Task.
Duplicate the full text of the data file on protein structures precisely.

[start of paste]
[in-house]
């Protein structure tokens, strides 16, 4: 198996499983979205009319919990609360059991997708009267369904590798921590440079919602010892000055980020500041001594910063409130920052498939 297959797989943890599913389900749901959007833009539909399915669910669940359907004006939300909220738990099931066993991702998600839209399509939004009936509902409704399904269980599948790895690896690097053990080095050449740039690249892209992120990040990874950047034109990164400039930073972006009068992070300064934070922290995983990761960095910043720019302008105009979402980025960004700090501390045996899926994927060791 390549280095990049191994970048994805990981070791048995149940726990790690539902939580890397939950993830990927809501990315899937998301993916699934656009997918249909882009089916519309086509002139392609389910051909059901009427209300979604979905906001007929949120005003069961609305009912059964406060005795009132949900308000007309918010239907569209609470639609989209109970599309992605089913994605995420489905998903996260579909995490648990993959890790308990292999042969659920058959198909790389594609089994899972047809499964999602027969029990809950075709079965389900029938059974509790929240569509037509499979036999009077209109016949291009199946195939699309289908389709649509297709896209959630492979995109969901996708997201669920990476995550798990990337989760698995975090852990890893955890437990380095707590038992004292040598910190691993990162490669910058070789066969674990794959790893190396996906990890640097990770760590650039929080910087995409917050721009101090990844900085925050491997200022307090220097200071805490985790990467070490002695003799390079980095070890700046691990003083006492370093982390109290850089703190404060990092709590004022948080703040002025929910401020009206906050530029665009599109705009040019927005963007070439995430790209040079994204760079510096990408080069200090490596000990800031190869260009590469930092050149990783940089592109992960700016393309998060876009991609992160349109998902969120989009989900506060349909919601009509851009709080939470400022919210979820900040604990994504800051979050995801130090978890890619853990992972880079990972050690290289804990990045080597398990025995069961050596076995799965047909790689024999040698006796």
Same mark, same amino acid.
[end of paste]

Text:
[in-house]
């Protein structure tokens, strides 16, 4: 198996499983979205009319919990609360059991997708009267369904590798921590440079919602010892000055980020500041001594910063409130920052498939 297959797989943890599913389900749901959007833009539909399915669910669940359907004006939300909220738990099931066993991702998600839209399509939004009936509902409704399904269980599948790895690896690097053990080095050449740039690249892209992120990040990874950047034109990164400039930073972006009068992070300064934070922290995983990761960095910043720019302008105009979402980025960004700090501390045996899926994927060791 390549280095990049191994970048994805990981070791048995149940726990790690539902939580890397939950993830990927809501990315899937998301993916699934656009997918249909882009089916519309086509002139392609389910051909059901009427209300979604979905906001007929949120005003069961609305009912059964406060005795009132949900308000007309918010239907569209609470639609989209109970599309992605089913994605995420489905998903996260579909995490648990993959890790308990292999042969659920058959198909790389594609089994899972047809499964999602027969029990809950075709079965389900029938059974509790929240569509037509499979036999009077209109016949291009199946195939699309289908389709649509297709896209959630492979995109969901996708997201669920990476995550798990990337989760698995975090852990890893955890437990380095707590038992004292040598910190691993990162490669910058070789066969674990794959790893190396996906990890640097990770760590650039929080910087995409917050721009101090990844900085925050491997200022307090220097200071805490985790990467070490002695003799390079980095070890700046691990003083006492370093982390109290850089703190404060990092709590004022948080703040002025929910401020009206906050530029665009599109705009040019927005963007070439995430790209040079994204760079510096990408080069200090490596000990800031190869260009590469930092050149990783940089592109992960700016393309998060876009991609992160349109998902969120989009989900506060349909919601009509851009709080939470400022919210979820900040604990994504800051979050995801130090978890890619853990992972880079990972050690290289804990990045080597398990025995069961050596076995799965047909790689024999040698006796």
Same mark, same amino acid.